Video games on Giant Bomb are rated on a scale of one to five stars, with no half-stars.[70] Metacritic lists Giant Bomb as having over 830 reviews in its records, with more than 450 of them positive, more than 250 being mixed and over 100 of them being negative. Of those reviews, 30% are higher than the average critic, 3% the same and 67% are lower.[71] In contrast to their time working for GameSpot, Davis had said that reviews are not representative of Giant Bomb as an entity but are very personalised saying that, "as far as the review process goes, we're being very open about a review being that person's perspective. When a review has to represent an entire organization's perspective on a game, that's where you can run into trouble."[11] During a video game reviews conference on Rock, Paper, Shotgun in 2008, Gerstmann outlined his approach to reviews. Emphasizing the idea of reviews now being more subjective and less objective from the seventh generation video game consoles onwards, due to the audience of video games and video game culture becoming more widespread, Gerstmann said that assisting readers on a given game rather than giving a definite view of it is the direction in which video game reviews are moving towards.[72]

Game of the year awards

Professional Wrestler Cody Rhodes formerly of World Wrestling Entertainment, is said to be a fan of The Legend of Zelda series. Rhodes wrote an in-character article for Giant Bomb as Stardust (pictured) detailing his top 10 video games of 2014.

The annual game of the year awards features multiple podcasts which are live-recordings of the staff's deliberations.[73] Additional comical awards created by Giant Bomb include the Best Use of Nolan North, otherwise known as The Northies, an award North himself acknowledges.[74] During the awards week, individual top 10 games of the year are posted from each staff member.[75] Celebrity top 10 guest game of the year articles from outside of the video game industry include horror and science fiction film director John Carpenter and World Wrestling Entertainment professional wrestlers Stardust and Xavier Woods.[76][77][78][79]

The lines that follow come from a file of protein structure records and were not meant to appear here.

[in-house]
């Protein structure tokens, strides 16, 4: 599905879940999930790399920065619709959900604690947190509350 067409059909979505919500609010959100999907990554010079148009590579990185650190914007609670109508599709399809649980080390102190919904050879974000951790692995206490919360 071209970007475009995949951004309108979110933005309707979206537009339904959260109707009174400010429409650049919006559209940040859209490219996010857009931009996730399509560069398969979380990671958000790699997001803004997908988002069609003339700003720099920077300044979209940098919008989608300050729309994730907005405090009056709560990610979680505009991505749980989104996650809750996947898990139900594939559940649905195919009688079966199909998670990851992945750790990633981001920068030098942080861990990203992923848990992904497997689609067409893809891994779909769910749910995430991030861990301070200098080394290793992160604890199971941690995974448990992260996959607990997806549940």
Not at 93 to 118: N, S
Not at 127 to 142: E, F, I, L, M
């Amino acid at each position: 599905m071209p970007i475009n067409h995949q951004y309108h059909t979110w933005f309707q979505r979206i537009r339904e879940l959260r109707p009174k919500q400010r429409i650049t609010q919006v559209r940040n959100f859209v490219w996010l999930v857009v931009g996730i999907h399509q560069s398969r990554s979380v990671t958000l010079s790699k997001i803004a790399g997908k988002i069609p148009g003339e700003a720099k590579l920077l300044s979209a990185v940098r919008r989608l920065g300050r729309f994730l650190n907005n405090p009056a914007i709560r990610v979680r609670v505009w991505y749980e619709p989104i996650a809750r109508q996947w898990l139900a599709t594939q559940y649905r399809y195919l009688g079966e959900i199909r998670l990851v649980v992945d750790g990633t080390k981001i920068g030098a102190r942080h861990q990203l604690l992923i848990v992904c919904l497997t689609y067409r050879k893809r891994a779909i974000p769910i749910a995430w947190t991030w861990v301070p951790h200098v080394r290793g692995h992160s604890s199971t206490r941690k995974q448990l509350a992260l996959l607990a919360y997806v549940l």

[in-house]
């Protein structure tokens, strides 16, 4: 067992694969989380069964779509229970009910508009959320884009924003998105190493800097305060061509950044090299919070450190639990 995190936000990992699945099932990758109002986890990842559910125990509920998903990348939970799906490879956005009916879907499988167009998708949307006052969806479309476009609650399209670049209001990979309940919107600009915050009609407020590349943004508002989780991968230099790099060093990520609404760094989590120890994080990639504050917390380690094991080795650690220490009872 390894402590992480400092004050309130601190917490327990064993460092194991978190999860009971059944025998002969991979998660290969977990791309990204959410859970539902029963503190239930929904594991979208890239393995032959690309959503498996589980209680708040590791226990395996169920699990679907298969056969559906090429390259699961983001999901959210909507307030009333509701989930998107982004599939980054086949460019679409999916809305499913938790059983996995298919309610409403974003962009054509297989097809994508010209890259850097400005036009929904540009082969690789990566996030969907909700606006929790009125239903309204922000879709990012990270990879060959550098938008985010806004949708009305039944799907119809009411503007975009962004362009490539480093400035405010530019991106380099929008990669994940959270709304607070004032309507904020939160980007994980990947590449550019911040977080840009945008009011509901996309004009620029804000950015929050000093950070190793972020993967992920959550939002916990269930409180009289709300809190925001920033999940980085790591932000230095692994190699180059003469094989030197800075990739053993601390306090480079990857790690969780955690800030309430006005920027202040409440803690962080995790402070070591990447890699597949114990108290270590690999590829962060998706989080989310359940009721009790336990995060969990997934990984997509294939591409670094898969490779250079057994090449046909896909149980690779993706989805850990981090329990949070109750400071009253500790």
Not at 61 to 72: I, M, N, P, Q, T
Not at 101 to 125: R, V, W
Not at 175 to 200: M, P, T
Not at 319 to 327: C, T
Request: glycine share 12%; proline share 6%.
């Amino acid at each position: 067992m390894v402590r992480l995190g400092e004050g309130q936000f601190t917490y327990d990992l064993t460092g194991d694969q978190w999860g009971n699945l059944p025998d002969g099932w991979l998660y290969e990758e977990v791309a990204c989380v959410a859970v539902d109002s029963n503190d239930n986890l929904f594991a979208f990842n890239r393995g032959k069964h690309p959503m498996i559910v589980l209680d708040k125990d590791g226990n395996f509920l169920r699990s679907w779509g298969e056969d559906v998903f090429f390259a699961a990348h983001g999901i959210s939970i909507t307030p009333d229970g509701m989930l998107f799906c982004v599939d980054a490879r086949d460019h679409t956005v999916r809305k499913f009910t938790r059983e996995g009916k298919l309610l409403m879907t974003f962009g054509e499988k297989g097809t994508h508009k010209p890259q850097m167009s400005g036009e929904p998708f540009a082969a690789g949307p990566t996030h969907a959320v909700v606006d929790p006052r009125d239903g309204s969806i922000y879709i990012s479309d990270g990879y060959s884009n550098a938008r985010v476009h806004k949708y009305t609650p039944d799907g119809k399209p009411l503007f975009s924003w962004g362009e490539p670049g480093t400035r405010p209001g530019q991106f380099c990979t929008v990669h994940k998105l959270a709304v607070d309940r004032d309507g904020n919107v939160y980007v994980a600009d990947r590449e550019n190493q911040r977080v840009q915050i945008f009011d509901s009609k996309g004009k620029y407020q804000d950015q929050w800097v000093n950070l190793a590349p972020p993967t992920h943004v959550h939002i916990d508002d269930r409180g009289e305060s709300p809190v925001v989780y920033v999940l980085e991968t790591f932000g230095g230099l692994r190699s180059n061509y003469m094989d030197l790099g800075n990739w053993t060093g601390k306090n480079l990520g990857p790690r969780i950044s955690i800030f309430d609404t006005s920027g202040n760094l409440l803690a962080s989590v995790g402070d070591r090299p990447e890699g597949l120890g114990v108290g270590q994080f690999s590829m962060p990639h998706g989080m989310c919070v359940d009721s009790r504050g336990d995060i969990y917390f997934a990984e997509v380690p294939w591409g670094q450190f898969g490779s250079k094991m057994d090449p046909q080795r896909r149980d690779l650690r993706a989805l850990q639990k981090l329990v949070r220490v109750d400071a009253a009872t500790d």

Community content

Users on Giant Bomb have the ability to create blogs, keep track of their game collections, and add information to game entries. Additionally, the site has message boards, saying that "building a community of a big part of what Giant Bomb is all about".[80] Giant Bomb allows users to contribute to collaborative wiki-based game guides.[81] In Quests users earned experience points and level up in a social gaming element that, "give users incentives to create more content."[82]


The Giant Bomb video game wiki-database, which opened with the full site launched in July 2008, combines a structured wiki with a relational database and is editable by registered users of the site. Submissions are approved by appointed wiki moderators before being accepted, but experienced users may forgo this process.[83] The wiki's design has been described as built around the interactivity of video games in contrast to existing wiki models.[11][84] TechCrunch compares the wiki-database to Wetpaint, Engadget and its own Crunchbase, which was based on a predecessor of Giant Bomb, Whiskey Media's now retired website Political Base.[85][86]

Paid subscription service